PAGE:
FIG. 21 illustrates the cross section diagram of a diffusion barrier layer of a semiconductor device.

FIG. 22 illustrates a printer head according to the invention.

FIG. 23 illustrates the microstructure of a MoTi target and the deleterious phases and interdiffusion zone produced during hot isostatic pressing (“HIPing”) to consolidate the powder.

FIG. 24 illustrates the microstructure of an as sprayed MoTi target produced by cold spray that contains only elemental Mo and elemental Ti and no deleterious phase formation.

FIG. 25 illustrates cold sprayed MoTi after a 700 C 1.5 hour anneal showing that substantially no deleterious phase has been formed compared to a hot isostatic pressing (“HIPed”) target (FIG. 23).

FIG. 26A illustrates the microstructure of W—Cu (50/50 vol %).

FIG. 26B illustrates Cu that has a flattened structure.

DESCRIPTION OF THE INVENTION

We have discovered a technique and parameters that allow direct fabrication of targets without the complex processing described above, a technique that allow the manufacture of targets directly on the backing plate with the desired microstructure and used targets to be repaired simply with or without the prior removal of the used target from the backing plate. That technique does not use a melting process. Examples of such processes include cold spray or kinetic spraying of fine metal powders such as, but not limited to tantalum powder.

The technique can also be used for regenerating or the repair of a sputtering target.

As the gas with which the metal powder forms a gas-powder mixture there is generally used an inert gas. Inert gas according to the invention includes, but is not limited to argon, helium, or relatively non-reactive nitrogen or mixtures of two or more thereof. In particular cases, air may also be used. If safety regulations are met, also the use of hydrogen or mixtures of hydrogen with other gases would be considered and can be used advantageously due to hydrogen's extremely high sonic velocity. In fact hydrogen's sonic velocity is 30% greater than that of helium which in turn is approximately 3 times that of nitrogen. The air sonic velocity is 344 m/s at 20 C and 1 atmosphere (atm), while hydrogen with molecular weight 2.016 is the lightest element, compared to air's molecular weight of 28.96. Its density is about 14 times less than air and has a sonic velocity of 1308 m/s.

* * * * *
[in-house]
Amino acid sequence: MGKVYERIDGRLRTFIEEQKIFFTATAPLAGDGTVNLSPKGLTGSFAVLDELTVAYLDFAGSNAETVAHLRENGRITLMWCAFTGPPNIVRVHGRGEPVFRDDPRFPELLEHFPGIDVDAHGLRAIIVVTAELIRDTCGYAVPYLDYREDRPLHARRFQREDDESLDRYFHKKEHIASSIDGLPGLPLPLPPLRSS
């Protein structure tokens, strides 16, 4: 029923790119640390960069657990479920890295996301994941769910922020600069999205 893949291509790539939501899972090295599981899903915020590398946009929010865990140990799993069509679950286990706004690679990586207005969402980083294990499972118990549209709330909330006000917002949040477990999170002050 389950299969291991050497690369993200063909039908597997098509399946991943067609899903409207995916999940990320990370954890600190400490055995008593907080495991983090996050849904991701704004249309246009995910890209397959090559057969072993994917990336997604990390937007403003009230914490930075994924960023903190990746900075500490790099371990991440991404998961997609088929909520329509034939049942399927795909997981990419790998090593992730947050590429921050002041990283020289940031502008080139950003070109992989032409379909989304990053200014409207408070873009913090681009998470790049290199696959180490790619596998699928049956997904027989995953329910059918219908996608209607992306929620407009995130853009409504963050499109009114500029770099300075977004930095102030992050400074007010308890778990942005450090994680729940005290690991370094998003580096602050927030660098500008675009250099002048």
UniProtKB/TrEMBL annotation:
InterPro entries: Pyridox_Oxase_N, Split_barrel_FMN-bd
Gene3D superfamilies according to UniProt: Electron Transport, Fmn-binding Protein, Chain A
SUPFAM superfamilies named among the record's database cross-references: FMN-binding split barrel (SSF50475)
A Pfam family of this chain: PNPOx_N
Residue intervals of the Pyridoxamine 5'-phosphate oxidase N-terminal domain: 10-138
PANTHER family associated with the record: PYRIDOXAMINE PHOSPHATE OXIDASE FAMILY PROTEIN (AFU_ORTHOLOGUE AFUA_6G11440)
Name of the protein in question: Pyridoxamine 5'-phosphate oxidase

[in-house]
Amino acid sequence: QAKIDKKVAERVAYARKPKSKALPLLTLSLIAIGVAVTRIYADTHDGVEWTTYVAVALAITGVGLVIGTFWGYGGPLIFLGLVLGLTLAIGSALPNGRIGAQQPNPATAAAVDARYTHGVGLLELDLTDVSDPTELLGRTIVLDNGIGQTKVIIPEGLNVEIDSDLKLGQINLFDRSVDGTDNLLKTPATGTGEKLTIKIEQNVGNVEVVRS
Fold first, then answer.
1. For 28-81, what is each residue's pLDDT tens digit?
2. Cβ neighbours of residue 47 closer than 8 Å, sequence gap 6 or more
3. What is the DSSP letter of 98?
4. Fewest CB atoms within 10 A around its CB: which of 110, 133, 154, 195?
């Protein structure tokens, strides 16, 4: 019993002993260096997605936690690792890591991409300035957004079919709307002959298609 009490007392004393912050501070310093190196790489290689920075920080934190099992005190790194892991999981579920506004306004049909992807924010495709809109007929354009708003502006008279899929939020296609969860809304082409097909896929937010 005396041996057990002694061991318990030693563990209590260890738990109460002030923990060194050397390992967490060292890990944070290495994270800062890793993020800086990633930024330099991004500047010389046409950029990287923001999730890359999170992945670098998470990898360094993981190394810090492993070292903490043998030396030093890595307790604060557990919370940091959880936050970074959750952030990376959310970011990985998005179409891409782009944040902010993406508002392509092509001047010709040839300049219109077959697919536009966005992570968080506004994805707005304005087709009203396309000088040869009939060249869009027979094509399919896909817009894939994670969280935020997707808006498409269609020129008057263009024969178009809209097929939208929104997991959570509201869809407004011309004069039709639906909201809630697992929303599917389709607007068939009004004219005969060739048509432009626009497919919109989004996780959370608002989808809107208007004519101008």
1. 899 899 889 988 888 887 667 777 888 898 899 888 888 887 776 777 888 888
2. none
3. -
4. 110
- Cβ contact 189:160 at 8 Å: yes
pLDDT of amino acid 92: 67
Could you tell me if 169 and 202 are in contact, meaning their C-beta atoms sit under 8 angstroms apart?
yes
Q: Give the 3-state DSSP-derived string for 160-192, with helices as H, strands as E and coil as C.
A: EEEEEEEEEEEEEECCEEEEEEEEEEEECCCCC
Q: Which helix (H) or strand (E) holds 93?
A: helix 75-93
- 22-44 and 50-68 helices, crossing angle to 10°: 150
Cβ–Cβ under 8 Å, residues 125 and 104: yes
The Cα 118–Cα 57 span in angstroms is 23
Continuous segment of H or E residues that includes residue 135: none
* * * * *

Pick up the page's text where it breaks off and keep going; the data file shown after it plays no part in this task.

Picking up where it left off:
In one preferred version of the process the spraying comprises the steps of:

providing a spraying orifice adjacent a surface to be coated by spraying;

providing to the spraying orifice a powder of a particulate material chosen from the group consisting of niobium, tantalum, tungsten, molybdenum, titanium, zirconium, mixtures of at least two thereof or alloys thereof with one another or other metals, the powder having a particle size of 0.5 to 150 μm, preferably 5 to 80 μm and most preferably 10 to 44 μm said powder being under pressure;

providing an inert gas at an elevated stagnation pressure to the spraying orifice and providing a spray of said particulate material and gas onto a substrate surface to be coated;

locating the spraying orifice in a region of low ambient pressure;

which is substantially less than the stagnation pressure before the spraying orifice to provide substantial acceleration of the spray of said particulate material and gas onto said surface to be coated and

whereby the substrate is coated with a densified coating on said coating is annealed. It is noted that the densified coating maybe removed from the substrate before or after annealing.

In another preferred version of the process the spraying is performed with a cold spray gun and the target to be coated and the cold spray gun are located within an inerted chamber at pressures below 80 kPa, or above 0.1 Mpa.

Throughout the application the term cold spray is used. It is understood that it is possible to use a kinetic spray process instead of the cold spray process in the instances only a cold spray process is referred to.

In another preferred version of the process the spraying is performed with a kinetic device. The kinetic process produces coating using larger particle size distribution between 65 and 200 μm and higher particle temperatures, compared to cold spray process using particle diameters less than 50 μm with higher particle velocities and usually lower particle temperatures. Since the kinetic energy is proportional to cube of particle diameter, and square of particle velocity, the total kinetic energy, available for plastic deformation, is usually greater than that of cold spray process. The kinetic spray is performed with a longer nozzle length after the throat region (such as 280 mm vs standard 80 mm), and higher gas temperature (for example higher than 200 C, but much below the material's melting point). The higher particle velocities improve the coating properties resulting in a high degree of plastic deformation, increased adhesion, lower porosity and higher work hardening compared with coatings produced with shorter nozzle.

In general, the refractory metal has a purity of at least 99%, such as 99.5% or 99.7%, 99.9%, advantageously has a purity of at least 99.95%, based on metallic impurities, especially of at least 99.995% or of at least 99.999%, in particular of at least 99.9995%.

In general if an alloy is used instead of a single refractory metal, then at least the refractory metal, but preferably the alloy as a whole, has that purity, so that a corresponding highly pure coating can be produced.